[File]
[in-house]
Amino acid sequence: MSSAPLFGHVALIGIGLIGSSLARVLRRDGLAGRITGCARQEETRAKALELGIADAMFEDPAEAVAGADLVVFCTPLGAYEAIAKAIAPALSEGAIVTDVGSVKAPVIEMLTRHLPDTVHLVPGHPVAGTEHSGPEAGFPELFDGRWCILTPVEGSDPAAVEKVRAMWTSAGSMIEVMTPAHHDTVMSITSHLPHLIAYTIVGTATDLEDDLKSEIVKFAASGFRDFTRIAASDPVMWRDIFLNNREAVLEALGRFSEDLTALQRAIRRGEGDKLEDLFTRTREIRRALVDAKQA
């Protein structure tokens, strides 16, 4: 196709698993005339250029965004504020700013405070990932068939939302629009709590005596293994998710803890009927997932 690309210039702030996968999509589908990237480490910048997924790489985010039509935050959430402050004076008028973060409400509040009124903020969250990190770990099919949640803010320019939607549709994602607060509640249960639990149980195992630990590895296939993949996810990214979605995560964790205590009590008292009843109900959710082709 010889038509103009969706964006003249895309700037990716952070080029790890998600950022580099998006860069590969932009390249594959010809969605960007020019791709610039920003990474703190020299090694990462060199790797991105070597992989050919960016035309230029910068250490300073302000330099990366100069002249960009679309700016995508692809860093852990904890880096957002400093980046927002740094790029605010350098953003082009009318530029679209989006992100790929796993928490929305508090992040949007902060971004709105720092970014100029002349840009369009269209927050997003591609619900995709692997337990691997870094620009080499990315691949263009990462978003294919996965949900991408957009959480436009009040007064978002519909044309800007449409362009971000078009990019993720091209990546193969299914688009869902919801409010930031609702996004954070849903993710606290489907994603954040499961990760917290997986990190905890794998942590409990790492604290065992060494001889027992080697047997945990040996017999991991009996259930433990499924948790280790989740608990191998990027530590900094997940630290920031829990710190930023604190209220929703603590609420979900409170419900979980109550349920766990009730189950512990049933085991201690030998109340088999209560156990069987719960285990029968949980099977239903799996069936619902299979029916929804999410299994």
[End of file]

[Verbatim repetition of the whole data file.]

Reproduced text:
[in-house]
Amino acid sequence: MSSAPLFGHVALIGIGLIGSSLARVLRRDGLAGRITGCARQEETRAKALELGIADAMFEDPAEAVAGADLVVFCTPLGAYEAIAKAIAPALSEGAIVTDVGSVKAPVIEMLTRHLPDTVHLVPGHPVAGTEHSGPEAGFPELFDGRWCILTPVEGSDPAAVEKVRAMWTSAGSMIEVMTPAHHDTVMSITSHLPHLIAYTIVGTATDLEDDLKSEIVKFAASGFRDFTRIAASDPVMWRDIFLNNREAVLEALGRFSEDLTALQRAIRRGEGDKLEDLFTRTREIRRALVDAKQA
């Protein structure tokens, strides 16, 4: 196709698993005339250029965004504020700013405070990932068939939302629009709590005596293994998710803890009927997932 690309210039702030996968999509589908990237480490910048997924790489985010039509935050959430402050004076008028973060409400509040009124903020969250990190770990099919949640803010320019939607549709994602607060509640249960639990149980195992630990590895296939993949996810990214979605995560964790205590009590008292009843109900959710082709 010889038509103009969706964006003249895309700037990716952070080029790890998600950022580099998006860069590969932009390249594959010809969605960007020019791709610039920003990474703190020299090694990462060199790797991105070597992989050919960016035309230029910068250490300073302000330099990366100069002249960009679309700016995508692809860093852990904890880096957002400093980046927002740094790029605010350098953003082009009318530029679209989006992100790929796993928490929305508090992040949007902060971004709105720092970014100029002349840009369009269209927050997003591609619900995709692997337990691997870094620009080499990315691949263009990462978003294919996965949900991408957009959480436009009040007064978002519909044309800007449409362009971000078009990019993720091209990546193969299914688009869902919801409010930031609702996004954070849903993710606290489907994603954040499961990760917290997986990190905890794998942590409990790492604290065992060494001889027992080697047997945990040996017999991991009996259930433990499924948790280790989740608990191998990027530590900094997940630290920031829990710190930023604190209220929703603590609420979900409170419900979980109550349920766990009730189950512990049933085991201690030998109340088999209560156990069987719960285990029968949980099977239903799996069936619902299979029916929804999410299994």